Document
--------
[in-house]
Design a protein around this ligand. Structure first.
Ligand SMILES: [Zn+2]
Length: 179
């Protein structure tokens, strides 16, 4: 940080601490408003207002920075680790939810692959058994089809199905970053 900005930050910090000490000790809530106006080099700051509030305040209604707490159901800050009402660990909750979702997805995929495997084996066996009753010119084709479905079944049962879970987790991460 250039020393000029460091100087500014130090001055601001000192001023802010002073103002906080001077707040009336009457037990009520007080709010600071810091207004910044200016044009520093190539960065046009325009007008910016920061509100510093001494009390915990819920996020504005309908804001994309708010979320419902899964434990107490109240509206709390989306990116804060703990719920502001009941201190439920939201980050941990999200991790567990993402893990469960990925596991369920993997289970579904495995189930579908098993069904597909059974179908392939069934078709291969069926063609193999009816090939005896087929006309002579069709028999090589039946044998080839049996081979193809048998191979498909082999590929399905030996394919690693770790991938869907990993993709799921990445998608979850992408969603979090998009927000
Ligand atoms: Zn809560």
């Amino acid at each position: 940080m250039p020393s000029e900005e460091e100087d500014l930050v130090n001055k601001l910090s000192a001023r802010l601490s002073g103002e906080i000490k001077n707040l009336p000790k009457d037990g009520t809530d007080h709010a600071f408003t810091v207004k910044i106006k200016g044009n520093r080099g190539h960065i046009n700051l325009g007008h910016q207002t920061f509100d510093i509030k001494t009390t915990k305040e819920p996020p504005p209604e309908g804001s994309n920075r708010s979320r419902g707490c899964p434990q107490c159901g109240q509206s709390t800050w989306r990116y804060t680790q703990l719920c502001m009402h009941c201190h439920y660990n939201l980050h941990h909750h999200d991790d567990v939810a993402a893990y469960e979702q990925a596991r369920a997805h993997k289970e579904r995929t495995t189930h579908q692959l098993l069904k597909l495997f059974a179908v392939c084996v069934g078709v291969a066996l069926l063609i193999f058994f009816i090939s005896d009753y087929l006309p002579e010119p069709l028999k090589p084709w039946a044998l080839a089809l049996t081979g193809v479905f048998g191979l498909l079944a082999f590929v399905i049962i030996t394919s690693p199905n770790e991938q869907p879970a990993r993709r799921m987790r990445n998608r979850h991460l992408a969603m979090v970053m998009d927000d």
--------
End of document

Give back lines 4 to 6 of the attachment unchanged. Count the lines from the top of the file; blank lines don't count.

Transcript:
Length: 179
């Protein structure tokens, strides 16, 4: 940080601490408003207002920075680790939810692959058994089809199905970053 900005930050910090000490000790809530106006080099700051509030305040209604707490159901800050009402660990909750979702997805995929495997084996066996009753010119084709479905079944049962879970987790991460 250039020393000029460091100087500014130090001055601001000192001023802010002073103002906080001077707040009336009457037990009520007080709010600071810091207004910044200016044009520093190539960065046009325009007008910016920061509100510093001494009390915990819920996020504005309908804001994309708010979320419902899964434990107490109240509206709390989306990116804060703990719920502001009941201190439920939201980050941990999200991790567990993402893990469960990925596991369920993997289970579904495995189930579908098993069904597909059974179908392939069934078709291969069926063609193999009816090939005896087929006309002579069709028999090589039946044998080839049996081979193809048998191979498909082999590929399905030996394919690693770790991938869907990993993709799921990445998608979850992408969603979090998009927000
Ligand atoms: Zn809560």